Handbook Of Ripping

 Handbook Of Ripping 

Handbook Of Ripping

Production ripping is being used more and more today as an alternative to drilling and blasting with explosives. Actually, ripping has a long history dating back to the Roman Empire. There is evidence the Romans used a ripper mounted on wheels and pulled by oxen when they were building the Appian Way.Rippers were also used in the United States during railroad construction from 1860 to 1880.

History of the Ripper

The ripper as we know it today did not appear until approximately 1930. Rippers drawn by tractors were developed by R.G. LeTourneau in 1931 and used on the Hoover Dam project. At that time, they weighed about 7,500 pounds and were pulled by tractors with about 75 flywheel horsepower (equivalent to today’s Caterpillar D4C track-type tractor). Their chief shortcomings were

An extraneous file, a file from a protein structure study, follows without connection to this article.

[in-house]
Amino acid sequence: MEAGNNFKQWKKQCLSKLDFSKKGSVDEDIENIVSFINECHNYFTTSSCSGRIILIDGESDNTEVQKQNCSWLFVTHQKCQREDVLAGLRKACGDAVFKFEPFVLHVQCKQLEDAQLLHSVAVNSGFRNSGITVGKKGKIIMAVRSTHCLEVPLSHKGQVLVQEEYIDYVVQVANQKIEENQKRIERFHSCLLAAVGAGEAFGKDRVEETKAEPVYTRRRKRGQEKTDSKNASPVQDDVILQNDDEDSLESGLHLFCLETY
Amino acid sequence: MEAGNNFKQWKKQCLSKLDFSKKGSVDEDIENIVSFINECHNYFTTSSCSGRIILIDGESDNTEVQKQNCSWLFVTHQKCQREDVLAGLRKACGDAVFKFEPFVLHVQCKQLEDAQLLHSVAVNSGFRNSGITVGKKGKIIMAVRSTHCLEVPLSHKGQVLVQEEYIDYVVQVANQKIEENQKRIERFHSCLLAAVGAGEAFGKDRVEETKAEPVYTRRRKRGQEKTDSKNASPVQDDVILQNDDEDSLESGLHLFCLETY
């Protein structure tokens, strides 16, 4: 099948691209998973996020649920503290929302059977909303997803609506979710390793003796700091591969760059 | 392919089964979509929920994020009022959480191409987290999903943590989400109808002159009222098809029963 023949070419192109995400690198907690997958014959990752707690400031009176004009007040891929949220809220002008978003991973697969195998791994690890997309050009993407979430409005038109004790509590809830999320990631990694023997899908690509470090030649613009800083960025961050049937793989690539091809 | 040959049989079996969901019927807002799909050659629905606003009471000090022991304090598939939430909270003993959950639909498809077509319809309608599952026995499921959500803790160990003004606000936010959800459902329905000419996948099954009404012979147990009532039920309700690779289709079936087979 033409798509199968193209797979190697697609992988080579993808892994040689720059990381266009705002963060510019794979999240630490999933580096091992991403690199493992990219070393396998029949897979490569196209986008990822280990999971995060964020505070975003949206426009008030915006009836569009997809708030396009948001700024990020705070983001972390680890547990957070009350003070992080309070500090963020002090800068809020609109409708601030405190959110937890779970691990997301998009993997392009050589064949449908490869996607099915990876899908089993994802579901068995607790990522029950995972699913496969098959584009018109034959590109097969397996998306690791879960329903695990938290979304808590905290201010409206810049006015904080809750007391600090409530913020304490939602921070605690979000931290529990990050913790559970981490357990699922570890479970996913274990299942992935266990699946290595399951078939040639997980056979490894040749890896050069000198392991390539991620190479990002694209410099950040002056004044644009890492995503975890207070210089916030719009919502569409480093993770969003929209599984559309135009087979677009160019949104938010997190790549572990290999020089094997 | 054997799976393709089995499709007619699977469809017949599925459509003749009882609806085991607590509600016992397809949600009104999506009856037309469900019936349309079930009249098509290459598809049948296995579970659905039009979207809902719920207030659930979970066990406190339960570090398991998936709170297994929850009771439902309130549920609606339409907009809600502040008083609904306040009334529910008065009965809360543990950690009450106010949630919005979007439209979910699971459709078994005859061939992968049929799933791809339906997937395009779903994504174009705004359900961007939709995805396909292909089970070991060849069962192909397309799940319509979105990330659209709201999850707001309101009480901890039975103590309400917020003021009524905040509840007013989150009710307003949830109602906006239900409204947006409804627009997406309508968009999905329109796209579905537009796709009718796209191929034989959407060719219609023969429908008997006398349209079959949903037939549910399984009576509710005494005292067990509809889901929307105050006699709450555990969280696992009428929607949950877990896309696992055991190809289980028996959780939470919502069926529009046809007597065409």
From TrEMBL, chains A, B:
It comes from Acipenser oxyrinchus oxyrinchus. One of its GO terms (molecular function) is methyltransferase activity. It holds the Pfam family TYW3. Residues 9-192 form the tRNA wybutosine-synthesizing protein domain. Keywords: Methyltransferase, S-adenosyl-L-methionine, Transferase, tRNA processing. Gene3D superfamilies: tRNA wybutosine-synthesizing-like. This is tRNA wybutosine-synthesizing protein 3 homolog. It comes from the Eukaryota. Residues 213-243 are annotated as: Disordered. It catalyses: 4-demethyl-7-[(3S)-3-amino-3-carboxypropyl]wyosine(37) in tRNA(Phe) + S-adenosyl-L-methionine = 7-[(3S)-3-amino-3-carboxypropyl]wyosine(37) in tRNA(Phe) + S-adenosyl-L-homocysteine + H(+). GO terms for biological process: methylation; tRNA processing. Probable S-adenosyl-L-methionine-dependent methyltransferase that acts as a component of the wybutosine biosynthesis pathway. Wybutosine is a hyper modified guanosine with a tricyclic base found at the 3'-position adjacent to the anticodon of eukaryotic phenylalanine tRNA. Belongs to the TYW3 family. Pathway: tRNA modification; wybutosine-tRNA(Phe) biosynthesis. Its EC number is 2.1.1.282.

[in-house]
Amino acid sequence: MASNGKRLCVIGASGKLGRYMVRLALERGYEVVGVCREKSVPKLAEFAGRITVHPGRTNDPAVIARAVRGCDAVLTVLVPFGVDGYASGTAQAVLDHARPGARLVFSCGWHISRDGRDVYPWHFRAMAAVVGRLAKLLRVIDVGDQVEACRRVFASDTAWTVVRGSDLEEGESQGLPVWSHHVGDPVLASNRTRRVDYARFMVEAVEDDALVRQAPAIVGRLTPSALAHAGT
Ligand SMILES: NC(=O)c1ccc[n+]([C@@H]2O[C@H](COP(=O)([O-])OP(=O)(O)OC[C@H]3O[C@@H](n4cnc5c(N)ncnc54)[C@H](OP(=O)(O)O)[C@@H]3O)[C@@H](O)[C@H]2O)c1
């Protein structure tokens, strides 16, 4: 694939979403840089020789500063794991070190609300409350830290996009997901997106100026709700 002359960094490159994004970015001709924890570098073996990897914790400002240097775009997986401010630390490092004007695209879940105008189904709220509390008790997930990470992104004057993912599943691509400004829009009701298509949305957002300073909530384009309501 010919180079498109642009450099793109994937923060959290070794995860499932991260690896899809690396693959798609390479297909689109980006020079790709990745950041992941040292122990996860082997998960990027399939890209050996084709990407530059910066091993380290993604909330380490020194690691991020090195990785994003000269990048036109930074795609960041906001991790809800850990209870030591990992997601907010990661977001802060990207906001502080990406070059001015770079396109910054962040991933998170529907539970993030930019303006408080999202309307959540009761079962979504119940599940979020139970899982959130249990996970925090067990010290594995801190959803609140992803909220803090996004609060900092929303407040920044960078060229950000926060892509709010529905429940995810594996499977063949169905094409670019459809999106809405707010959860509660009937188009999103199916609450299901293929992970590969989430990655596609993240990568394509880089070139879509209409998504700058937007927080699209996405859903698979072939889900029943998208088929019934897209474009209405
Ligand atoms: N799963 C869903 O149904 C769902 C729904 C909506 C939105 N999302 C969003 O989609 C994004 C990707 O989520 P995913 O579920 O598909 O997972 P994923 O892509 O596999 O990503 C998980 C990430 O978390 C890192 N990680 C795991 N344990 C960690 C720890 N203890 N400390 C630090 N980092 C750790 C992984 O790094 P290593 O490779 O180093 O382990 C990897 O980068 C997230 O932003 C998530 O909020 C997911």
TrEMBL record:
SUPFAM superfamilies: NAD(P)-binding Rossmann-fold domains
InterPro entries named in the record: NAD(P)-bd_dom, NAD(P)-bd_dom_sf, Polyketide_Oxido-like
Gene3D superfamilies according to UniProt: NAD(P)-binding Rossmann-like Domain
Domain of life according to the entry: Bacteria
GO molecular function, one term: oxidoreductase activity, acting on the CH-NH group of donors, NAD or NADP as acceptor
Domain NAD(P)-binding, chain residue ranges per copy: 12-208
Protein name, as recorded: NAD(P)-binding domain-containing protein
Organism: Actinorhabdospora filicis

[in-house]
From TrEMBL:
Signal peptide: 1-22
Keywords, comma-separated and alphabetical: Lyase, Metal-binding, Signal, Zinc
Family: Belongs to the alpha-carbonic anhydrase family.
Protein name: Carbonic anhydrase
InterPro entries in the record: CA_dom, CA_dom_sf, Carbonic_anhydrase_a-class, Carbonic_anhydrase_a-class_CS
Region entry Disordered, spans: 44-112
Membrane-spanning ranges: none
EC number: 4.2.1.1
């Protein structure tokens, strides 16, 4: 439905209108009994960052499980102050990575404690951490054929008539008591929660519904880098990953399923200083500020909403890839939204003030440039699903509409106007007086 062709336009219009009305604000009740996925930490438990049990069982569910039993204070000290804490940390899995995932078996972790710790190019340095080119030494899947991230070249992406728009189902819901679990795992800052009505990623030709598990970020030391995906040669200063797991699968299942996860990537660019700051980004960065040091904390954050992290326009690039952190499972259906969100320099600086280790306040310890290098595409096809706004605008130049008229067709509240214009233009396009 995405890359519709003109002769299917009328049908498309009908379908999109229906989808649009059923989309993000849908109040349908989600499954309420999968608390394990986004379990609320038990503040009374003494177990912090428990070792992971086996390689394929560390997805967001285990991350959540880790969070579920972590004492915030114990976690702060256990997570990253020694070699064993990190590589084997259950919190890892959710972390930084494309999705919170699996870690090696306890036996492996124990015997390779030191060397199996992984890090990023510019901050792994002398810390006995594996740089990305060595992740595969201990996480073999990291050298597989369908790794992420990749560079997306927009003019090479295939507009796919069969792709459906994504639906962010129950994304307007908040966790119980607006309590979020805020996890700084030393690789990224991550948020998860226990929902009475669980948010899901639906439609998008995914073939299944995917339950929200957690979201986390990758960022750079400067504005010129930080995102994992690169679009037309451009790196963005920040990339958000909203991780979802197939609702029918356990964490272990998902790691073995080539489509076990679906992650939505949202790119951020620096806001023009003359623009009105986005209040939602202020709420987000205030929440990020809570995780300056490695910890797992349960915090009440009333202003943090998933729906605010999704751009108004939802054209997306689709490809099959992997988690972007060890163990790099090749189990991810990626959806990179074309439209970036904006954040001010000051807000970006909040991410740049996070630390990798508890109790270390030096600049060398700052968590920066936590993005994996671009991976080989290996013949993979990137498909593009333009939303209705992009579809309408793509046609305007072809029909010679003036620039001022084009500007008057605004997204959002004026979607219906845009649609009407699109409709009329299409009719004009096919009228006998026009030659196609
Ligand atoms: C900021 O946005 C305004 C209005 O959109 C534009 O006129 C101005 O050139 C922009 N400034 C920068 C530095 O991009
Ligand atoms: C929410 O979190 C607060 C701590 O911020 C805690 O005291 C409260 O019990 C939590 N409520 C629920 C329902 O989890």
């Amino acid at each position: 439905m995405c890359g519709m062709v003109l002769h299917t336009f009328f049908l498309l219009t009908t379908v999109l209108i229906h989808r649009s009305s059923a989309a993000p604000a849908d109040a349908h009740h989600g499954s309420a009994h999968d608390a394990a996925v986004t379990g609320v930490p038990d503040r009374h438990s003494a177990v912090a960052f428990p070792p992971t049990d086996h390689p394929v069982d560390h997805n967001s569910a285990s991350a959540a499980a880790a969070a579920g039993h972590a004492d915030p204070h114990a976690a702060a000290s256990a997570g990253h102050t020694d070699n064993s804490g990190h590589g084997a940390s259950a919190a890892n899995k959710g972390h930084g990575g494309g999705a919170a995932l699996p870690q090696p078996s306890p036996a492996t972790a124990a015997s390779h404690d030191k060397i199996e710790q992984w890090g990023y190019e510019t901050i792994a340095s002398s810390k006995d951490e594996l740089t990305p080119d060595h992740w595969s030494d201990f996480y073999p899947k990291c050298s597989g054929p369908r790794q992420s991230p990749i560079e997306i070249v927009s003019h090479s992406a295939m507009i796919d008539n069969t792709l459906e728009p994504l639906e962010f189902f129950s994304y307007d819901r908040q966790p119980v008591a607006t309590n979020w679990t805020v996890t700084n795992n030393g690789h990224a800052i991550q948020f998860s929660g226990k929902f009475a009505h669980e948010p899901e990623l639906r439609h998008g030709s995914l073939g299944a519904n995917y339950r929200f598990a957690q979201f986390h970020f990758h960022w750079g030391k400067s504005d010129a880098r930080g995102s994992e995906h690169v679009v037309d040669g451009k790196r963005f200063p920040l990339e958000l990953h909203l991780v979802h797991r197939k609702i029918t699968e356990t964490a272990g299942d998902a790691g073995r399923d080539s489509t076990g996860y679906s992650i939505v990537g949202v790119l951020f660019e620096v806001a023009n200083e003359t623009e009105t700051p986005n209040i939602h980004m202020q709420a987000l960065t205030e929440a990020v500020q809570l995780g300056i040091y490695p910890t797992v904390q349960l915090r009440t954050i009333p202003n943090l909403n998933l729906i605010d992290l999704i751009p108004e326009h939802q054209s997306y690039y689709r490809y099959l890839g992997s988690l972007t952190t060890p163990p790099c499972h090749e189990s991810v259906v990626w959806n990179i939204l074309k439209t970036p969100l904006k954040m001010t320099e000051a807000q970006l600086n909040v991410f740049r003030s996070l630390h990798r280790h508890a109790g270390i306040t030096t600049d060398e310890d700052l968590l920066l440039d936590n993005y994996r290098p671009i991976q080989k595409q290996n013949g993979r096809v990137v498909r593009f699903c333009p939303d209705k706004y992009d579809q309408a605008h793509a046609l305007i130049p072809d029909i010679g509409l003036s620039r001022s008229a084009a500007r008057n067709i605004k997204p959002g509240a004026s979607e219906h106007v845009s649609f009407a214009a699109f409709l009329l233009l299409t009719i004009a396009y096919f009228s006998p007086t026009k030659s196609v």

their clumsiness and poor penetration ability. If enough weight was added to obtain adequate penetration, the tractors weren’t powerful enough to pull them. Extra tractors were often added until as many as three tractors were pushing or pulling a single ripper. These units achieved only limited success, usually in shale, clay, limestone, hardpan, cemented gravel, and frozen ground.

Modern Rippers

Modern tractors of the ’50s and ’60s advanced ripping capabilities by mounting the ripper to the rear of the machine. This design, coupled with advanced hydraulic systems, more machine weight, and greater horsepower, greatly improved ripping performance and efficiency.
These advances in performance were welcomed as environmental factors began to limit or restrict conventional blasting techniques. Urban encroachment, safety, and pollution concerns all have placed much greater demands on customers’ ability to use
drill and blasting as a way to remove material. In the mining world, concern for mixing materials, process improvements (leach pads), and similar safety and environmental considerations likewise increased interest in ripping.

No comments
Post a Comment

    Reading Mode :
    Font Size
    lines height